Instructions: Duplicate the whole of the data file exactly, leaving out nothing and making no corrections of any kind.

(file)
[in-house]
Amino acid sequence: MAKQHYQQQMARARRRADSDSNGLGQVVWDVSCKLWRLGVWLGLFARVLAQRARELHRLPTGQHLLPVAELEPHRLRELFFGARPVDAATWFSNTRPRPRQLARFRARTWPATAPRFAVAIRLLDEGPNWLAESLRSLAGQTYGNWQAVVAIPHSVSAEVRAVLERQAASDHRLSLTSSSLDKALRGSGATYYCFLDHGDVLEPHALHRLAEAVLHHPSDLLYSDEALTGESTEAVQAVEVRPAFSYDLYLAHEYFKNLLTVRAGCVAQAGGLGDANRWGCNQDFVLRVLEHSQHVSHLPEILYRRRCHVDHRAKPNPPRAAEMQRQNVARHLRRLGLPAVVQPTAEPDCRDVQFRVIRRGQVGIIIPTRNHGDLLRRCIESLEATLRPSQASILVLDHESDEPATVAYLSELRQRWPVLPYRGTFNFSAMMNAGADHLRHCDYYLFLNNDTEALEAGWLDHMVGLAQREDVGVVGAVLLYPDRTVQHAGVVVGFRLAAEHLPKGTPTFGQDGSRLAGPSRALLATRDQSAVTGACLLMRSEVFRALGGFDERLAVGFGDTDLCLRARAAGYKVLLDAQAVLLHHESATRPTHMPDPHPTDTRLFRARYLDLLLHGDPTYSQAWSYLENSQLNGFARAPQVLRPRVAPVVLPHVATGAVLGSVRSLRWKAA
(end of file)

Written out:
[in-house]
Amino acid sequence: MAKQHYQQQMARARRRADSDSNGLGQVVWDVSCKLWRLGVWLGLFARVLAQRARELHRLPTGQHLLPVAELEPHRLRELFFGARPVDAATWFSNTRPRPRQLARFRARTWPATAPRFAVAIRLLDEGPNWLAESLRSLAGQTYGNWQAVVAIPHSVSAEVRAVLERQAASDHRLSLTSSSLDKALRGSGATYYCFLDHGDVLEPHALHRLAEAVLHHPSDLLYSDEALTGESTEAVQAVEVRPAFSYDLYLAHEYFKNLLTVRAGCVAQAGGLGDANRWGCNQDFVLRVLEHSQHVSHLPEILYRRRCHVDHRAKPNPPRAAEMQRQNVARHLRRLGLPAVVQPTAEPDCRDVQFRVIRRGQVGIIIPTRNHGDLLRRCIESLEATLRPSQASILVLDHESDEPATVAYLSELRQRWPVLPYRGTFNFSAMMNAGADHLRHCDYYLFLNNDTEALEAGWLDHMVGLAQREDVGVVGAVLLYPDRTVQHAGVVVGFRLAAEHLPKGTPTFGQDGSRLAGPSRALLATRDQSAVTGACLLMRSEVFRALGGFDERLAVGFGDTDLCLRARAAGYKVLLDAQAVLLHHESATRPTHMPDPHPTDTRLFRARYLDLLLHGDPTYSQAWSYLENSQLNGFARAPQVLRPRVAPVVLPHVATGAVLGSVRSLRWKAA